In my design, I have a +3.3 V SMPS that provides power to digital circuits (microcontroller, EEPROM, etc.). The microcontroller allows applying a 100 Hz PWM signal with variable duty cycle and with an amplitude of +24 V to a resistive load. This is done with the following circuit:

PWM driver circuit


  • HEATER_PWM is a 100 Hz PWM signal with an amplitude of +3.3 V coming from the microcontroller.
  • HEATER_A and HEATER_B are the connections to the resistive load.
  • HEATER_ISENSE+ is the voltage signal used for current sensing.

+3.3 V power supply

+3.3V power supply circuit

+24 V power supply

This is the plot of the +24 V power supply when the PWM is activated.

+24V power supply output plot


When the 100 Hz PWM is enabled (and only when it is enabled), the +3.3 V power supply produces an audible noise which seems to be at the PWM frequency. I suspect that this is due to the power inductor "vibrating" at 100 Hz.

I tried to increase the value of R116 to 100 kOhm without any effect.

How could I get rid of this acoustic noise?

  • \$\begingroup\$ Where did you connect your oscilloscope ground when doing the measurement? \$\endgroup\$
    – Andy aka
    Dec 11, 2013 at 11:00
  • \$\begingroup\$ @Andyaka I did this measurement on the +24V power supply input connector terminals with a low length twisted ground probe. \$\endgroup\$
    – johsey
    Dec 11, 2013 at 11:06
  • \$\begingroup\$ You might try a diode in series with the 24V feed to C11/C12. The caps will become charged to the peak voltage (minus diode drop) and with luck you won't see so much ripple onto the LM3103. It's solvable. \$\endgroup\$
    – Andy aka
    Dec 11, 2013 at 11:18
  • \$\begingroup\$ @Andyaka To be honest, I don't see the value of adding a diode in series. Could you explain a little bit further the impact of the diode on this 100Hz ripple and on the spikes? \$\endgroup\$
    – johsey
    Dec 11, 2013 at 12:32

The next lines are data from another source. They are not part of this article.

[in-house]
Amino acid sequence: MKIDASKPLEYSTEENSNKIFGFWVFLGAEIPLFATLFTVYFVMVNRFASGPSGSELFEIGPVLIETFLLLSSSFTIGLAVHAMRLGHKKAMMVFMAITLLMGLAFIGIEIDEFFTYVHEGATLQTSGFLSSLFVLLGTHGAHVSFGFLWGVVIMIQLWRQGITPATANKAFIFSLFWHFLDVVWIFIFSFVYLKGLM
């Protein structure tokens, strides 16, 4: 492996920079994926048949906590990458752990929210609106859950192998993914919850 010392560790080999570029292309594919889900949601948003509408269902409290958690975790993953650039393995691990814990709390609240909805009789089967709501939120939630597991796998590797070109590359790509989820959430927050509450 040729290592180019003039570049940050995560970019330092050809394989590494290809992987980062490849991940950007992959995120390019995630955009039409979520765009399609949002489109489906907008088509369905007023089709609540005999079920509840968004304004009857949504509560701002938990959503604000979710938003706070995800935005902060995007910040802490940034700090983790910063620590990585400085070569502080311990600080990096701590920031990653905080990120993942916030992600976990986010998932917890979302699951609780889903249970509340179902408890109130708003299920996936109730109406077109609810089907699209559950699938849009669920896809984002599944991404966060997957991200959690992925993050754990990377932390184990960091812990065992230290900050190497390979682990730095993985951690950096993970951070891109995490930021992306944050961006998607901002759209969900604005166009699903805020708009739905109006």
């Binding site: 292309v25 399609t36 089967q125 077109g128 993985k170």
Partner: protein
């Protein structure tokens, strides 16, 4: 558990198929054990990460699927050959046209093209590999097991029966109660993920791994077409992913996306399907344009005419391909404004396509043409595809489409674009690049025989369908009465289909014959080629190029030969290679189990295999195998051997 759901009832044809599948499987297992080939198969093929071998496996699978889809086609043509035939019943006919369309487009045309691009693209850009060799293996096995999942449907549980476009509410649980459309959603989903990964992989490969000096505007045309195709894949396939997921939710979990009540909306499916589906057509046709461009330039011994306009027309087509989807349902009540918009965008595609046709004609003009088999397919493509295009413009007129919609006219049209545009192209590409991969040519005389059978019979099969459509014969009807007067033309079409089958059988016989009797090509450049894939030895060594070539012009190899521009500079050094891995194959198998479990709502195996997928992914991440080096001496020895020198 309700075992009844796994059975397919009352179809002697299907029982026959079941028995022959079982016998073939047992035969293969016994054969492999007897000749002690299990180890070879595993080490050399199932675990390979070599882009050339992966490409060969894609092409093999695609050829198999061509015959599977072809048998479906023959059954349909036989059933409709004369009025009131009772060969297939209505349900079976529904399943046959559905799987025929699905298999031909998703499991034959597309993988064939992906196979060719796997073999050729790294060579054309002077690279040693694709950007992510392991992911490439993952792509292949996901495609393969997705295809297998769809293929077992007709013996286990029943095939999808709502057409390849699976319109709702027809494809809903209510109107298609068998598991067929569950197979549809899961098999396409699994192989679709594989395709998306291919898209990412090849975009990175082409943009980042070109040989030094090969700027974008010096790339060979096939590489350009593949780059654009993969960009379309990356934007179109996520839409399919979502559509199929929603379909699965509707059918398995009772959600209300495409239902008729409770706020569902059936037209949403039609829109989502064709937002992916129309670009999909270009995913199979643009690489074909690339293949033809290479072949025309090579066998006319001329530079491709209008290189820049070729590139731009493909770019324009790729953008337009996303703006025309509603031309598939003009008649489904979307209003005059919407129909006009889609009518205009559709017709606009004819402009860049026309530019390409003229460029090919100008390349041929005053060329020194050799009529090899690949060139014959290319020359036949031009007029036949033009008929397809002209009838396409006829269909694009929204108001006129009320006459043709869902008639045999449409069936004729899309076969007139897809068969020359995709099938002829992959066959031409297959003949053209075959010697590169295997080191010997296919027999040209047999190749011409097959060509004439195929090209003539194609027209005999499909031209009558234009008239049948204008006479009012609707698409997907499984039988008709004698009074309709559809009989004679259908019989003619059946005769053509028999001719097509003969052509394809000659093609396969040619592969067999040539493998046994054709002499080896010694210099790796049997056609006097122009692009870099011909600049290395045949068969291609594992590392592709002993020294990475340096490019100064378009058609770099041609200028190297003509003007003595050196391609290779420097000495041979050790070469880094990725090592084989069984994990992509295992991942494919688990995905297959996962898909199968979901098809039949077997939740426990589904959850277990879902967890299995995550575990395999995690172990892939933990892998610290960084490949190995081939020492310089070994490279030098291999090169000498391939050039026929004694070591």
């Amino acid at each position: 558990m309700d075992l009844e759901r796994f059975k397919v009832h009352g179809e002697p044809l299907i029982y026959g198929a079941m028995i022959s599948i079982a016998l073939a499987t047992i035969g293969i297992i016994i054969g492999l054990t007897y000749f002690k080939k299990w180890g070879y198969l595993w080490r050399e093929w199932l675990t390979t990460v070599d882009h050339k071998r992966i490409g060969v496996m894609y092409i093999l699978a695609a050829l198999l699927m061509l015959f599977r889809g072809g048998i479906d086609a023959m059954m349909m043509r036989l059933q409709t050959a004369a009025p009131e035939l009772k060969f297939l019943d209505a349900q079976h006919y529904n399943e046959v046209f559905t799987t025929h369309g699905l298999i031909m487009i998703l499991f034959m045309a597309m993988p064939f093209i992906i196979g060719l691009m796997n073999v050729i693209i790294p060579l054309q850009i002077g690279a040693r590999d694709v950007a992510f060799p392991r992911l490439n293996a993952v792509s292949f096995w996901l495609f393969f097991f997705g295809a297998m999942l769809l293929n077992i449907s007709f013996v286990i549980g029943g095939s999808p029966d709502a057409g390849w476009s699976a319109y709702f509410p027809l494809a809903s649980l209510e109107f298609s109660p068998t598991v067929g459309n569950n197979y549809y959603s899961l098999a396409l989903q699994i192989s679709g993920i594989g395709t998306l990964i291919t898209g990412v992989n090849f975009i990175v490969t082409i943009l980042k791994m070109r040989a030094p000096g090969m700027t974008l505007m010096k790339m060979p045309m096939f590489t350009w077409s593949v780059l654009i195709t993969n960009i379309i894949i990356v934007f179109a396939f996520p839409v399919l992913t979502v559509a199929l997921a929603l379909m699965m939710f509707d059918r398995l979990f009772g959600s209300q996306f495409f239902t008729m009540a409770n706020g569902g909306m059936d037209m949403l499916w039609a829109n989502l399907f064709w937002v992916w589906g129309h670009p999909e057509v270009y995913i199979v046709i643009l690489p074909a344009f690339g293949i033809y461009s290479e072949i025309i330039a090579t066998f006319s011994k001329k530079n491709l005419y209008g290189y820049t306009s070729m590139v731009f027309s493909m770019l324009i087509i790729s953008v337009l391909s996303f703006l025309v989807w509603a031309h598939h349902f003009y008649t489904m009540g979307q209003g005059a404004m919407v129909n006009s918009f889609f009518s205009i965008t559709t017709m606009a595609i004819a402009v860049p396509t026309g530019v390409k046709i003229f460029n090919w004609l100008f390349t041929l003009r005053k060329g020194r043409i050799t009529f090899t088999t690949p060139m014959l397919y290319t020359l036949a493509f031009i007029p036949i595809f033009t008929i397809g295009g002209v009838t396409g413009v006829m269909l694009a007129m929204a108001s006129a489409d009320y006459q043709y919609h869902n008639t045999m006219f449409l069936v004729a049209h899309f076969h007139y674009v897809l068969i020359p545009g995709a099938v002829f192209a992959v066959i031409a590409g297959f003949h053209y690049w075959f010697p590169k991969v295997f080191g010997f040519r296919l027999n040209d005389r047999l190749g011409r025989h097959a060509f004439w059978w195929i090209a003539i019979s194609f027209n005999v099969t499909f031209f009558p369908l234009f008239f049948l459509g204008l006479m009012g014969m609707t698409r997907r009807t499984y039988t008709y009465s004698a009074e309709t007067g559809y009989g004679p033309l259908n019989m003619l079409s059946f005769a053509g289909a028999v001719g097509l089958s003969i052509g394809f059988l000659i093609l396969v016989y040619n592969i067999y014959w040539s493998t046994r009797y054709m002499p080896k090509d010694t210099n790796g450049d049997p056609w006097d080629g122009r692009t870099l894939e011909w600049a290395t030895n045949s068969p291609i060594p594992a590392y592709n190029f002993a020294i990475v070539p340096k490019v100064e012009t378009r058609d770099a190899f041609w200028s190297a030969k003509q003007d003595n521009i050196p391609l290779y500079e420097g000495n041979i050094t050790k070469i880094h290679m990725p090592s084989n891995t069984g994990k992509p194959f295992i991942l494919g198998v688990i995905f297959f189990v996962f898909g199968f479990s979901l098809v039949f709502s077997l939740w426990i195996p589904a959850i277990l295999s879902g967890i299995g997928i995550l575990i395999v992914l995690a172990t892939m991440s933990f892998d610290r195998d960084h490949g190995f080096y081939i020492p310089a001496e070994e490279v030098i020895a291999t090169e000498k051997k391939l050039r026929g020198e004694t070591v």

• \$\begingroup\$ I'm trying to isolate the 24V noise so that it doesn't appear on the supply to the 3.3V converter. The ripple will still remain on the main 24V supply but should be somewhat less on the supply that feeds C11/C12 \$\endgroup\$
    – Andy aka
    Dec 11, 2013 at 15:30

1 Answer 1


The first question is, what is switching 5A or 7A at 100Hz doing to your +24V supply? It will be adding some ripple to it, can you measure how much on a scope? I'm guessing the ripple looks a bit like a square wave.

The second is, how much current do you need from that 3.3V supply? 0.1A, 1A, 10A?

Assuming less than 1A or less than 3W total, so the current drawn from the 24V supply is 0.1 or 0.2A...

Then you can feed the 3.3V supply from 24V via a low value resistor : 1 to 5 ohms, dropping less than an volt across the resistor - max 0.1 or 0.2W wasted power.

And replace C11 with a much larger capacitor - 100 to 1000 uf. Then R-C provide a low pass filter to reduce the PWM ripple, or at least slow its edges to a ramp, so that the regulator can respond fast enough to maintain control of the 3.3V output without "singing".

  • \$\begingroup\$ The load is a PTC that can be as low as 3.5Ohm (~7A) and as high as 20Ohm (1.2A). Indeed, the ripple on the +24V power supply looks like a square wave at 100Hz (I updated my post with the plot). The absolute maximum current drawn by the +3.3V power supply is 0.7A. But the average current is more like 0.1 to 0.3A. In my application, a electrolytic capacitor of maximum 100uF would be acceptable for size constraints. Do you think a low-pass filter with a cut-off frequency of 1.6KHz will reduce significantly this audible noise? \$\endgroup\$
    – johsey
    Dec 11, 2013 at 11:04
  • \$\begingroup\$ I think you are hearing high frequency spikes from the inductor at a repetiton rate of 100Hz, so, yes. \$\endgroup\$
    – user16324
    Dec 11, 2013 at 13:19
  • \$\begingroup\$ Ok, I will add such a RC filter. \$\endgroup\$
    – johsey
    Dec 11, 2013 at 13:59

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